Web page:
Several conceptual models have been considered for the assessment of personality pathology in DSM-5. This study sought to extend our previous findings to compare the long-term predictive validity of three such models: the Five-Factor Model (FFM), the Schedule for Nonadaptive and Adaptive Personality (SNAP), and DSM-IV personality disorders (PDs).
An inception cohort from the Collaborative Longitudinal Personality Disorder Study (CLPS) was followed for 10 years. Baseline data were used to predict long-term outcomes, including functioning, Axis I psychopathology, and medication use.
Each model was significantly valid, predicting a host of important clinical outcomes. Lower-order elements of the FFM system were not more valid than higher-order factors, and DSM-IV diagnostic categories were less valid than dimensional symptom counts. Approaches that integrate normative traits and personality pathology proved to be most predictive, as the SNAP, a system that integrates normal and pathological traits, generally showed the largest validity coefficients overall, and the DSM-IV PD syndromes and FFM traits tended to provide substantial incremental information relative to one another.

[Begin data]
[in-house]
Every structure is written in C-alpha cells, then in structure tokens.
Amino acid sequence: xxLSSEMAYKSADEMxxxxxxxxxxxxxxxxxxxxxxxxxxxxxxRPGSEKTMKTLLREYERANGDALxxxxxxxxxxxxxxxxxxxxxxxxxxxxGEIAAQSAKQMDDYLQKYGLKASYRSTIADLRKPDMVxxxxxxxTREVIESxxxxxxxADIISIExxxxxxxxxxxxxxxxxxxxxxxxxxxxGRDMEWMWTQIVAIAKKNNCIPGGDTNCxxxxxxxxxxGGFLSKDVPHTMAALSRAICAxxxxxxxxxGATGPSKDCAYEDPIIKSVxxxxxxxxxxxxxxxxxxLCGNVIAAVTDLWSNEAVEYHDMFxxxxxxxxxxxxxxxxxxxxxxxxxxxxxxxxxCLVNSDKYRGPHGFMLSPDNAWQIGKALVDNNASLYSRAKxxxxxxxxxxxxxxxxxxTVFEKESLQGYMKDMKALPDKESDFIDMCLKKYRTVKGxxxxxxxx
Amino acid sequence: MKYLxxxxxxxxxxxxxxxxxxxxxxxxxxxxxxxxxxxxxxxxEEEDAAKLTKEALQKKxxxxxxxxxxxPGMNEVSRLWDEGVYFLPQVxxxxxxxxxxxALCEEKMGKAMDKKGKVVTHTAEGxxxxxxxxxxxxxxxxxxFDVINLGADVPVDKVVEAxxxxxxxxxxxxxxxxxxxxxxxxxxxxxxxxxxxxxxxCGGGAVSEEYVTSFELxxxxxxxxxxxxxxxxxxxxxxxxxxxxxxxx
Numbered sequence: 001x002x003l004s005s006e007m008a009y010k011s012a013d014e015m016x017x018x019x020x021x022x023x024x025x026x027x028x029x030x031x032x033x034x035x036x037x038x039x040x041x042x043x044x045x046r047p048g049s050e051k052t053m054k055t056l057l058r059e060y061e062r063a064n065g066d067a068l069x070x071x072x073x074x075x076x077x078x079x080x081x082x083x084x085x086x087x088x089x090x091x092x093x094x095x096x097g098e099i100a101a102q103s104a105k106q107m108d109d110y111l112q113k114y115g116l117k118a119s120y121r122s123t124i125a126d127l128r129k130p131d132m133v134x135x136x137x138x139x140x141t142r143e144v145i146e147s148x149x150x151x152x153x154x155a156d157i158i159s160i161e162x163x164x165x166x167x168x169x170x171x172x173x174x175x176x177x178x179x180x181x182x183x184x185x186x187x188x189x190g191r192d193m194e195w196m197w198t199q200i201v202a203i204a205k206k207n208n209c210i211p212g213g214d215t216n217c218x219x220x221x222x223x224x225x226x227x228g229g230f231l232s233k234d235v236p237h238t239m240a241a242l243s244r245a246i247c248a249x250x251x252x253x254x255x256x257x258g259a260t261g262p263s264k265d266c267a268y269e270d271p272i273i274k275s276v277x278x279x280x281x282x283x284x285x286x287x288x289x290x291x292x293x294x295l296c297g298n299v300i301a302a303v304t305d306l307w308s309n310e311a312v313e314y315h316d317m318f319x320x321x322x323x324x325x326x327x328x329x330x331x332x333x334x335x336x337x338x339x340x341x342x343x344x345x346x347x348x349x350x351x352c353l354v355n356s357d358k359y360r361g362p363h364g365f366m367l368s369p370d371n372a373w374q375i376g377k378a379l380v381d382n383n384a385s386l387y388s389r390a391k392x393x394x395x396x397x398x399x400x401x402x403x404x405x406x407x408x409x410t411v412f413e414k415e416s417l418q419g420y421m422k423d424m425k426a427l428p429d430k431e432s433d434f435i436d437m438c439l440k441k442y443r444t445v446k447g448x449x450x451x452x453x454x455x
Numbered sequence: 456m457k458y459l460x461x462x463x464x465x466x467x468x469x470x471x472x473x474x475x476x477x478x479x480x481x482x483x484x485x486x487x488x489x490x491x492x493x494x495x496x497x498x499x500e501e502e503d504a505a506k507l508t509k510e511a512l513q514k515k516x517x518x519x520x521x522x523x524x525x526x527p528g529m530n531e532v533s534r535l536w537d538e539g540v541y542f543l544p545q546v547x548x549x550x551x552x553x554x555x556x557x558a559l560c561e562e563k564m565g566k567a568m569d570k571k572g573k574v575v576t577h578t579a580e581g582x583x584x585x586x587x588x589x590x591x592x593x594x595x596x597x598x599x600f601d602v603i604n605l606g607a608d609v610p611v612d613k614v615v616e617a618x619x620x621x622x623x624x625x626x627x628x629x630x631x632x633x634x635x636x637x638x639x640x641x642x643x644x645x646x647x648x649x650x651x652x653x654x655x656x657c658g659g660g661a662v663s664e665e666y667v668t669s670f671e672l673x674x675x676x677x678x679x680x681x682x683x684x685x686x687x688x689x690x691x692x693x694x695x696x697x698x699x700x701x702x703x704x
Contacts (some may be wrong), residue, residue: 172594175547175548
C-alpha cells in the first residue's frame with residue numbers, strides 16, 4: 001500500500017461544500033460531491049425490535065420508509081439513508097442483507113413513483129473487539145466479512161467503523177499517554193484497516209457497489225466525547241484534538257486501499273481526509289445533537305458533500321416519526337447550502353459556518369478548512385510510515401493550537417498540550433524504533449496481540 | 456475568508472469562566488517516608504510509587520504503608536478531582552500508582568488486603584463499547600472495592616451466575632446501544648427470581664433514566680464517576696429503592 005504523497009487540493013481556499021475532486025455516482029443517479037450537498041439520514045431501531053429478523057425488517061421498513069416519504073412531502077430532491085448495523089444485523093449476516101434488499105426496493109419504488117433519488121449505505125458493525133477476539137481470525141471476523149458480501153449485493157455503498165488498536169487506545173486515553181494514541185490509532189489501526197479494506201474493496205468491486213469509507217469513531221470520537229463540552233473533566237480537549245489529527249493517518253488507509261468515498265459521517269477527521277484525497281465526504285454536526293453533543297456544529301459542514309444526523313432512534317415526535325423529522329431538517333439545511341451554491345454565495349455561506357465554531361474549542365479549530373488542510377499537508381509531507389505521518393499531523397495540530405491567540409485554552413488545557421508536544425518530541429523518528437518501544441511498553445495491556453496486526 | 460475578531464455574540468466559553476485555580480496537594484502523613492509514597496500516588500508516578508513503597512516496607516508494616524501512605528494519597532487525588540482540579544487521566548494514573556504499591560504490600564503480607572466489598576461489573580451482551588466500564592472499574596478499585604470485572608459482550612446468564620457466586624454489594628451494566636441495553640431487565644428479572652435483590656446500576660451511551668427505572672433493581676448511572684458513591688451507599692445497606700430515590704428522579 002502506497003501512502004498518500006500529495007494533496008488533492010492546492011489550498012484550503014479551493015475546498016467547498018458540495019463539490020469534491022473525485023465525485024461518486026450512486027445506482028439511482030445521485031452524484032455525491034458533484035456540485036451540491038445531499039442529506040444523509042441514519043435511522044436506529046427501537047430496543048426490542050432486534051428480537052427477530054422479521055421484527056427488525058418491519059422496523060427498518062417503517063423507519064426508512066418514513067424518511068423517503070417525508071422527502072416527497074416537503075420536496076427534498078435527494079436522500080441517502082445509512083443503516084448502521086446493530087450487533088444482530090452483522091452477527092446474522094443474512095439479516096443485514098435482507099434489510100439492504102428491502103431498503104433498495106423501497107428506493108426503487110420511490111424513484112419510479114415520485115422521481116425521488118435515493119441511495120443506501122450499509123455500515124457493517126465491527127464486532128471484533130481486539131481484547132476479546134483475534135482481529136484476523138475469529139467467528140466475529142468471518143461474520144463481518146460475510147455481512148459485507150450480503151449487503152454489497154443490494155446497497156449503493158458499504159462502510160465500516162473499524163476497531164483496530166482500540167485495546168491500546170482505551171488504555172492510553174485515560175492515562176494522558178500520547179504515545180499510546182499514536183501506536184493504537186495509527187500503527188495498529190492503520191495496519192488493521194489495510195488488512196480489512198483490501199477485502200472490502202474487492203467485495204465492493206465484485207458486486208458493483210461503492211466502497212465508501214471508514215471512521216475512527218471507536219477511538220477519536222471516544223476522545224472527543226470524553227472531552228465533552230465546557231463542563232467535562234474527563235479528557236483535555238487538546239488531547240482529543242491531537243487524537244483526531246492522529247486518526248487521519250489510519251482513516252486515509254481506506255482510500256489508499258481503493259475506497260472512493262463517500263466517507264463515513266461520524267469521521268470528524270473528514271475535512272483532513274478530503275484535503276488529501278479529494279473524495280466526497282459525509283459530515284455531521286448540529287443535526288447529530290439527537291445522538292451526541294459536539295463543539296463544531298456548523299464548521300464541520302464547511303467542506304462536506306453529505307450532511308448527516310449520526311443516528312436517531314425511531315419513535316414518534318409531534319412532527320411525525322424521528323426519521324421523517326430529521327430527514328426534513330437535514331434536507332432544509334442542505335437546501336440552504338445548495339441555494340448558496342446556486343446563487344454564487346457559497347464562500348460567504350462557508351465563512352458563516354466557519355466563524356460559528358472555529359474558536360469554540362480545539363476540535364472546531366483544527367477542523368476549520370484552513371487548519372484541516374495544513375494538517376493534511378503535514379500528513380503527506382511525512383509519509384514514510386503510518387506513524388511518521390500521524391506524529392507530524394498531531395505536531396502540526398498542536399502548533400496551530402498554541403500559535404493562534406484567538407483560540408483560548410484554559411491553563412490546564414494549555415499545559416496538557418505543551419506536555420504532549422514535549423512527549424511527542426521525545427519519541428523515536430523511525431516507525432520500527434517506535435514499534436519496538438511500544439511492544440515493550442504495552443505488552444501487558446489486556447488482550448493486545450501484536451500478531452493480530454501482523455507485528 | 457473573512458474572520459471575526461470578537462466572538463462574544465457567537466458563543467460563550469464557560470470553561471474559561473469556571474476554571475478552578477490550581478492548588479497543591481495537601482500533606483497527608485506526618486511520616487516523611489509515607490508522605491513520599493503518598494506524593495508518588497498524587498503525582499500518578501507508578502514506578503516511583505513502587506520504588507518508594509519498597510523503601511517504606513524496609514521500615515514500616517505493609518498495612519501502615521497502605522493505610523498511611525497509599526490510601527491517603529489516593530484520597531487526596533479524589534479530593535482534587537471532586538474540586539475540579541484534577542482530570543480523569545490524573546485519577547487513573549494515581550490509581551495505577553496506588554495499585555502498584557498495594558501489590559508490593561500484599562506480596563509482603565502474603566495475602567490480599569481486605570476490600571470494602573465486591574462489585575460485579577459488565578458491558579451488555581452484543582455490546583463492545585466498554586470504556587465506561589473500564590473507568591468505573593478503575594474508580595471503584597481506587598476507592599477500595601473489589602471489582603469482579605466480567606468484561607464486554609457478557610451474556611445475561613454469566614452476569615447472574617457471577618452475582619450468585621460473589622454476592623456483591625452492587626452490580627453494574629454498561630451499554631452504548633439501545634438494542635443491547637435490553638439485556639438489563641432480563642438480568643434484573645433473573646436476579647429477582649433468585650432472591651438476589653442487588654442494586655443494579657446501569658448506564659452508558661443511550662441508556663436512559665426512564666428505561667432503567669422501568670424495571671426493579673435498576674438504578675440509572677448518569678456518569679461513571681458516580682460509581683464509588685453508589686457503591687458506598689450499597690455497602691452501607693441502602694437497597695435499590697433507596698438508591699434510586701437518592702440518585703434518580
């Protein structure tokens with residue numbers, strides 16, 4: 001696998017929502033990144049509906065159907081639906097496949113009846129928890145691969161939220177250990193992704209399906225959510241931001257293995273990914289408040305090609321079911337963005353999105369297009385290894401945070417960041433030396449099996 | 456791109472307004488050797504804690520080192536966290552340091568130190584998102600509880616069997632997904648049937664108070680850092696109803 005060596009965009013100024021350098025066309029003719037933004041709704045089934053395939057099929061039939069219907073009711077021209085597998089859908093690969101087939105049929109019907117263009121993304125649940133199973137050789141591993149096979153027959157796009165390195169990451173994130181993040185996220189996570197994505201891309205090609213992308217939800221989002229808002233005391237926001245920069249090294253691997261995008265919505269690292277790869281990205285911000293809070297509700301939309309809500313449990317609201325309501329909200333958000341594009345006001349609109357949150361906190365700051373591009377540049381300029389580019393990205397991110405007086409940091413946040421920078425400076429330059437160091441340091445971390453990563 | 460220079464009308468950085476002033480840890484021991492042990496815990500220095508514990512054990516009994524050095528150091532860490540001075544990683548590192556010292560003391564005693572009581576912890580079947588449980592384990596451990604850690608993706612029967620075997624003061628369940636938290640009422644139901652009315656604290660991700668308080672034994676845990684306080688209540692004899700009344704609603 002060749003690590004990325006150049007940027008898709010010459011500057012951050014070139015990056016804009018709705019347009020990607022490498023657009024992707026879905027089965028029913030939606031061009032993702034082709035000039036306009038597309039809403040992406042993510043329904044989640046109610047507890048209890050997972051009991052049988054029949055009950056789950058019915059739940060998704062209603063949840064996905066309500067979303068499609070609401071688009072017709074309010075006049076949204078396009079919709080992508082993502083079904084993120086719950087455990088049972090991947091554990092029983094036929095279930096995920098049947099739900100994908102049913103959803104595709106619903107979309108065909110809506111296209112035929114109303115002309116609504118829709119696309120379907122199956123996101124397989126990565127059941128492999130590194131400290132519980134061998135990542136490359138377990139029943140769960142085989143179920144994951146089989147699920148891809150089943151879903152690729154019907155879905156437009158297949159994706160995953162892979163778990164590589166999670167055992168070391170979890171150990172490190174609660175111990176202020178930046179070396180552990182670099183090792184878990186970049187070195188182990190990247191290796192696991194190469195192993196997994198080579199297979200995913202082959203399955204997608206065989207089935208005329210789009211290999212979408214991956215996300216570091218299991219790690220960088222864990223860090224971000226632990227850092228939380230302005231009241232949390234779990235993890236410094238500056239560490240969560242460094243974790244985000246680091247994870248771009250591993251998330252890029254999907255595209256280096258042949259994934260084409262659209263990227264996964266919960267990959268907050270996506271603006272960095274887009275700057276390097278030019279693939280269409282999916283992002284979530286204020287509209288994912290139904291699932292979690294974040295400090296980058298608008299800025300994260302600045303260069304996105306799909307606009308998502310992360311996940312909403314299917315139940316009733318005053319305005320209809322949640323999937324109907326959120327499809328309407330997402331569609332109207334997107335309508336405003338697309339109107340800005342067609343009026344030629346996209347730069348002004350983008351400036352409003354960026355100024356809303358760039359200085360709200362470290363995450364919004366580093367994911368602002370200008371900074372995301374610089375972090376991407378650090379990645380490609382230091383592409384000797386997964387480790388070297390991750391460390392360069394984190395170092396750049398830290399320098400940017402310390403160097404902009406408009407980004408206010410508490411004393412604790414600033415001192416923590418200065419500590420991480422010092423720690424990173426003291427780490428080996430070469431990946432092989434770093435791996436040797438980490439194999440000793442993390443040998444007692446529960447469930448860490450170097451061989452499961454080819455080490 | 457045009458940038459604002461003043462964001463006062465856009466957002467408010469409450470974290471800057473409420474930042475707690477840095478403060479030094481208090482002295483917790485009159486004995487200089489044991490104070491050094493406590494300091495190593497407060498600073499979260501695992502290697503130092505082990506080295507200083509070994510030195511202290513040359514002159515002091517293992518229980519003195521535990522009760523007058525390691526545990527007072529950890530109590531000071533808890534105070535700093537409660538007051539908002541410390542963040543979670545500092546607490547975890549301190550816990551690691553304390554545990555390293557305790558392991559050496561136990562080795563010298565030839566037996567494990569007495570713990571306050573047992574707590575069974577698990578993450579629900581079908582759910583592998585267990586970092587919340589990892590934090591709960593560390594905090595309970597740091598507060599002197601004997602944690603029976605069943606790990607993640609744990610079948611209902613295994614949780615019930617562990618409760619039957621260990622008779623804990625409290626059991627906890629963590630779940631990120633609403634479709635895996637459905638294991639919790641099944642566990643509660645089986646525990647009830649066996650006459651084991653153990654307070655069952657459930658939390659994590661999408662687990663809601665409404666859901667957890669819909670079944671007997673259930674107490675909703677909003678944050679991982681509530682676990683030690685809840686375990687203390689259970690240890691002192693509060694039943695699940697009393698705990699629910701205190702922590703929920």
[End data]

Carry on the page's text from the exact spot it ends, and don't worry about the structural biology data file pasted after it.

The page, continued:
DSM-5 PD assessment should involve an integration of personality traits with characteristic features of PDs.
This study prospectively examined the natural clinical course of six anxiety disorders over 7 years of follow-up in individuals with personality disorders (PDs) and/or major depressive disorder. Rates of remission, relapse, new episode onset and chronicity of anxiety disorders were examined for specific associations with PDs.
Participants were 499 patients with anxiety disorders in the Collaborative Longitudinal Personality Disorders Study, who were assessed with structured interviews for psychiatric disorders at yearly intervals throughout 7 years of follow-up. These data were used to determine probabilities of changes in disorder status for social phobia (SP), generalized anxiety disorder (GAD), obsessive-compulsive disorder (OCD), post-traumatic stress disorder (PTSD), panic disorder and panic disorder with agoraphobia.
Estimated remission rates for anxiety disorders in this study group ranged from 73% to 94%. For those patients who remitted from an anxiety disorder, relapse rates ranged from 34% to 67%. Rates for new episode onsets of anxiety disorders ranged from 3% to 17%. Specific PDs demonstrated associations with remission, relapse, new episode onsets and chronicity of anxiety disorders. Associations were identified between schizotypal PD with course of SP, PTSD and GAD; avoidant PD with course of SP and OCD; obsessive-compulsive PD with course of GAD, OCD, and agoraphobia; and borderline PD with course of OCD, GAD and panic with agoraphobia.
Findings suggest that specific PD diagnoses have negative prognostic significance for the course of anxiety disorders underscoring the importance of assessing and considering PD diagnoses in patients with anxiety disorders.